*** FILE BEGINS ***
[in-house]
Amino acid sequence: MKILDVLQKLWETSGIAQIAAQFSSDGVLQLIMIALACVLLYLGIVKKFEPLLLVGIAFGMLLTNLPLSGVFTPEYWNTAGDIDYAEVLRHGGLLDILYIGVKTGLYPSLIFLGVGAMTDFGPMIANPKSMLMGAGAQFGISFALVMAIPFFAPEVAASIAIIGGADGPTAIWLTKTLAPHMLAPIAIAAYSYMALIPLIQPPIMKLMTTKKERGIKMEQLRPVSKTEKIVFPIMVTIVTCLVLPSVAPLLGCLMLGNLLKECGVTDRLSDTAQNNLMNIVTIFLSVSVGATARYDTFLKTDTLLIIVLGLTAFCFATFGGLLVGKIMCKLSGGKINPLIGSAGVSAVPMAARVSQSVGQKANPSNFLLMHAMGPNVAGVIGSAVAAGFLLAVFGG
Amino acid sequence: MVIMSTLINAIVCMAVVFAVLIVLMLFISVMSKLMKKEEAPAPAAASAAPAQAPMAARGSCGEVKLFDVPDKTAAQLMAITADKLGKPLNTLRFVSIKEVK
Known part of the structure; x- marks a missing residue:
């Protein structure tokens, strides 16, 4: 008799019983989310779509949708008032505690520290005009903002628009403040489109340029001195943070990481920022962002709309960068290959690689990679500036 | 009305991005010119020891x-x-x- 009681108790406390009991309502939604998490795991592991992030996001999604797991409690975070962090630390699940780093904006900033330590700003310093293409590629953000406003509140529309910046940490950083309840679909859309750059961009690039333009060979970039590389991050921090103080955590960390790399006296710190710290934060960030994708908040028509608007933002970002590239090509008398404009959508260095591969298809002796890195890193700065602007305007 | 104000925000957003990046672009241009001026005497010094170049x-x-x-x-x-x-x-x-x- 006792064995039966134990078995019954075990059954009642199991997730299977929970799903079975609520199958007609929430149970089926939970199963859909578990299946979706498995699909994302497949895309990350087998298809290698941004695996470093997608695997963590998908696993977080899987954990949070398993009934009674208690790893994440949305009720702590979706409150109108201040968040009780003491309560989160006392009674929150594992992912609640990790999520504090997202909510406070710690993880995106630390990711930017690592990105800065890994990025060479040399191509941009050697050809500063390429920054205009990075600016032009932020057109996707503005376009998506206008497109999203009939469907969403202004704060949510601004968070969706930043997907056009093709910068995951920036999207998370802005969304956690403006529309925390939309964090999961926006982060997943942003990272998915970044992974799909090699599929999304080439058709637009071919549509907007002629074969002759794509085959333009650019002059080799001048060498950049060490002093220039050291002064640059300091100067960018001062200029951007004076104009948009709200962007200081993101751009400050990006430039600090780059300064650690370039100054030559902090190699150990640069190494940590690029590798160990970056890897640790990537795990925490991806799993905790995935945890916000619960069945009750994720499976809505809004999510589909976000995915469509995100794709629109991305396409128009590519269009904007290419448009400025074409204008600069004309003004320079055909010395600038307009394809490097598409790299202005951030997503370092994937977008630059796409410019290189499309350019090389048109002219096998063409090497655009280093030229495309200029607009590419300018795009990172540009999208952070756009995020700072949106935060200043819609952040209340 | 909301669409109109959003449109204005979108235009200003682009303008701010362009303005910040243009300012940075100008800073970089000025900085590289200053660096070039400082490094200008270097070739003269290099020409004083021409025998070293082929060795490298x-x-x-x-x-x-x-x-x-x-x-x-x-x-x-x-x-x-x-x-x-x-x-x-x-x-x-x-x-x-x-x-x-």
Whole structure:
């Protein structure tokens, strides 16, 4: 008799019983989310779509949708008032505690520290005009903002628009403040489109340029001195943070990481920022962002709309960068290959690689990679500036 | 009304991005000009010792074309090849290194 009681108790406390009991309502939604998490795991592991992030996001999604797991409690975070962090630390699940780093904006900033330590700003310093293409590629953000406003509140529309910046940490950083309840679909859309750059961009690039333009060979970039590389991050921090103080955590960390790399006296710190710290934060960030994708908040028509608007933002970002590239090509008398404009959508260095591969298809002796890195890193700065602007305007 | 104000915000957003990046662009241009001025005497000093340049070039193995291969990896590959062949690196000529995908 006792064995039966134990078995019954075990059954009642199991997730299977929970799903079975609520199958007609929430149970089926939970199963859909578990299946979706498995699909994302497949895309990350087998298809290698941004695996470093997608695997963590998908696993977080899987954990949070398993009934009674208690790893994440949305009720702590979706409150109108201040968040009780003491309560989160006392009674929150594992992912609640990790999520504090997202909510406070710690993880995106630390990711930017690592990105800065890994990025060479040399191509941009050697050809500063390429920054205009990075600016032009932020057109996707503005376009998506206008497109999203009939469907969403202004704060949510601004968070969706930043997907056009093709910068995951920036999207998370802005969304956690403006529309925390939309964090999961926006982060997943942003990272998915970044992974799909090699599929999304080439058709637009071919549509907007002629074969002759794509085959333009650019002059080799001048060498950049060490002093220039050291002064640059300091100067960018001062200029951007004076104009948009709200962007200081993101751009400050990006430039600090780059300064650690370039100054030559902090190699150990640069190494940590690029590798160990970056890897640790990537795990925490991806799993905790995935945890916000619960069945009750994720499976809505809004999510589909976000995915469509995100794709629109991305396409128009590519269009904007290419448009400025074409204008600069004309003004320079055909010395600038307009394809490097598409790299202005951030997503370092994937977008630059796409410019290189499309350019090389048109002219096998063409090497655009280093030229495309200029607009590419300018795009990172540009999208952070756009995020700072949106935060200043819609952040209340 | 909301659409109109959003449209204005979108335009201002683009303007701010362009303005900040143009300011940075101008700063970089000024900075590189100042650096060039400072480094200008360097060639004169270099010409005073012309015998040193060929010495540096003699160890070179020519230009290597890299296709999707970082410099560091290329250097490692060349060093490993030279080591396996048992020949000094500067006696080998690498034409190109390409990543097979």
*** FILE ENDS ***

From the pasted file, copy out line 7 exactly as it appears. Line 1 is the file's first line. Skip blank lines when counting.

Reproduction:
């Protein structure tokens, strides 16, 4: 008799019983989310779509949708008032505690520290005009903002628009403040489109340029001195943070990481920022962002709309960068290959690689990679500036 | 009304991005000009010792074309090849290194 009681108790406390009991309502939604998490795991592991992030996001999604797991409690975070962090630390699940780093904006900033330590700003310093293409590629953000406003509140529309910046940490950083309840679909859309750059961009690039333009060979970039590389991050921090103080955590960390790399006296710190710290934060960030994708908040028509608007933002970002590239090509008398404009959508260095591969298809002796890195890193700065602007305007 | 104000915000957003990046662009241009001025005497000093340049070039193995291969990896590959062949690196000529995908 006792064995039966134990078995019954075990059954009642199991997730299977929970799903079975609520199958007609929430149970089926939970199963859909578990299946979706498995699909994302497949895309990350087998298809290698941004695996470093997608695997963590998908696993977080899987954990949070398993009934009674208690790893994440949305009720702590979706409150109108201040968040009780003491309560989160006392009674929150594992992912609640990790999520504090997202909510406070710690993880995106630390990711930017690592990105800065890994990025060479040399191509941009050697050809500063390429920054205009990075600016032009932020057109996707503005376009998506206008497109999203009939469907969403202004704060949510601004968070969706930043997907056009093709910068995951920036999207998370802005969304956690403006529309925390939309964090999961926006982060997943942003990272998915970044992974799909090699599929999304080439058709637009071919549509907007002629074969002759794509085959333009650019002059080799001048060498950049060490002093220039050291002064640059300091100067960018001062200029951007004076104009948009709200962007200081993101751009400050990006430039600090780059300064650690370039100054030559902090190699150990640069190494940590690029590798160990970056890897640790990537795990925490991806799993905790995935945890916000619960069945009750994720499976809505809004999510589909976000995915469509995100794709629109991305396409128009590519269009904007290419448009400025074409204008600069004309003004320079055909010395600038307009394809490097598409790299202005951030997503370092994937977008630059796409410019290189499309350019090389048109002219096998063409090497655009280093030229495309200029607009590419300018795009990172540009999208952070756009995020700072949106935060200043819609952040209340 | 909301659409109109959003449209204005979108335009201002683009303007701010362009303005900040143009300011940075101008700063970089000024900075590189100042650096060039400072480094200008360097060639004169270099010409005073012309015998040193060929010495540096003699160890070179020519230009290597890299296709999707970082410099560091290329250097490692060349060093490993030279080591396996048992020949000094500067006696080998690498034409190109390409990543097979």